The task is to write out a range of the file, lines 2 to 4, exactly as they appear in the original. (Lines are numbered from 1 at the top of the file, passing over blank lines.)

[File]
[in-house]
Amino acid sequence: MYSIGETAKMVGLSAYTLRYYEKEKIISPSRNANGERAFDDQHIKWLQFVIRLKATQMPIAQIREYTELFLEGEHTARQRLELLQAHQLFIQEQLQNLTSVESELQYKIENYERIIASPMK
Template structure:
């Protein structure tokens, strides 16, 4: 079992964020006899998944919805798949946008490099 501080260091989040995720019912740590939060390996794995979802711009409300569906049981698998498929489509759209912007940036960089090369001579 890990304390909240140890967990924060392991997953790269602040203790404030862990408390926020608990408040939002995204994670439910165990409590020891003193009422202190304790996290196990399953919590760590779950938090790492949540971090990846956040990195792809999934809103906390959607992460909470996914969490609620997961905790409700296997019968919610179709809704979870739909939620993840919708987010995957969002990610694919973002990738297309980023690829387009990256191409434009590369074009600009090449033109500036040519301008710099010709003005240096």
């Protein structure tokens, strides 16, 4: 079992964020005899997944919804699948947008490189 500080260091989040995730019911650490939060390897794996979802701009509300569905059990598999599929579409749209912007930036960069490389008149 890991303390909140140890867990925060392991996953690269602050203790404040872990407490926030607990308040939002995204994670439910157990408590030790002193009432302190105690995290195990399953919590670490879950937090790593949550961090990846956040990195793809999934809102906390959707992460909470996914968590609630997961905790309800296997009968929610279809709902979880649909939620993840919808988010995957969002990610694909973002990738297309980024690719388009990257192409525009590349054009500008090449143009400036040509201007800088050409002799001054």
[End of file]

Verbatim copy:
Amino acid sequence: MYSIGETAKMVGLSAYTLRYYEKEKIISPSRNANGERAFDDQHIKWLQFVIRLKATQMPIAQIREYTELFLEGEHTARQRLELLQAHQLFIQEQLQNLTSVESELQYKIENYERIIASPMK
Template structure:
């Protein structure tokens, strides 16, 4: 079992964020006899998944919805798949946008490099 501080260091989040995720019912740590939060390996794995979802711009409300569906049981698998498929489509759209912007940036960089090369001579 890990304390909240140890967990924060392991997953790269602040203790404030862990408390926020608990408040939002995204994670439910165990409590020891003193009422202190304790996290196990399953919590760590779950938090790492949540971090990846956040990195792809999934809103906390959607992460909470996914969490609620997961905790409700296997019968919610179709809704979870739909939620993840919708987010995957969002990610694919973002990738297309980023690829387009990256191409434009590369074009600009090449033109500036040519301008710099010709003005240096």